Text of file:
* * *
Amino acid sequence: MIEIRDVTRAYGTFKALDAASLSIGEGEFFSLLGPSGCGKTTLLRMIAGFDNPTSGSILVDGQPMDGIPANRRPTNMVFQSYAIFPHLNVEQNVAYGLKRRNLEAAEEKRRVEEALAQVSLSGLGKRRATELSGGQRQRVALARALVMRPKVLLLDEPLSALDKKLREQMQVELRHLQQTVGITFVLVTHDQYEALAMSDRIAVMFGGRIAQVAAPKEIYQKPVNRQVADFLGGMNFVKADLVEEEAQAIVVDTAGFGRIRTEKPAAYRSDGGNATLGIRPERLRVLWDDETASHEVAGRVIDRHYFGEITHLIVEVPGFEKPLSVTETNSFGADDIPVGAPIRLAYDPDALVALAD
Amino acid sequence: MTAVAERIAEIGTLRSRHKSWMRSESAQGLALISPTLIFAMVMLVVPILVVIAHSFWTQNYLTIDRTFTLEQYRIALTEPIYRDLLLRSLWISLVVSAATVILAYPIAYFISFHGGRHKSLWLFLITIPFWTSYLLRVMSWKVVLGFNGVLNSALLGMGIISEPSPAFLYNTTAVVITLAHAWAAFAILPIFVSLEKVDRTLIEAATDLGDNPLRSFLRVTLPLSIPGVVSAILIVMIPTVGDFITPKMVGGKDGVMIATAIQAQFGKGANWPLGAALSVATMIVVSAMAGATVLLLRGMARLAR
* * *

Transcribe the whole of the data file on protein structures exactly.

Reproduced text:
Amino acid sequence: MIEIRDVTRAYGTFKALDAASLSIGEGEFFSLLGPSGCGKTTLLRMIAGFDNPTSGSILVDGQPMDGIPANRRPTNMVFQSYAIFPHLNVEQNVAYGLKRRNLEAAEEKRRVEEALAQVSLSGLGKRRATELSGGQRQRVALARALVMRPKVLLLDEPLSALDKKLREQMQVELRHLQQTVGITFVLVTHDQYEALAMSDRIAVMFGGRIAQVAAPKEIYQKPVNRQVADFLGGMNFVKADLVEEEAQAIVVDTAGFGRIRTEKPAAYRSDGGNATLGIRPERLRVLWDDETASHEVAGRVIDRHYFGEITHLIVEVPGFEKPLSVTETNSFGADDIPVGAPIRLAYDPDALVALAD
Amino acid sequence: MTAVAERIAEIGTLRSRHKSWMRSESAQGLALISPTLIFAMVMLVVPILVVIAHSFWTQNYLTIDRTFTLEQYRIALTEPIYRDLLLRSLWISLVVSAATVILAYPIAYFISFHGGRHKSLWLFLITIPFWTSYLLRVMSWKVVLGFNGVLNSALLGMGIISEPSPAFLYNTTAVVITLAHAWAAFAILPIFVSLEKVDRTLIEAATDLGDNPLRSFLRVTLPLSIPGVVSAILIVMIPTVGDFITPKMVGGKDGVMIATAIQAQFGKGANWPLGAALSVATMIVVSAMAGATVLLLRGMARLAR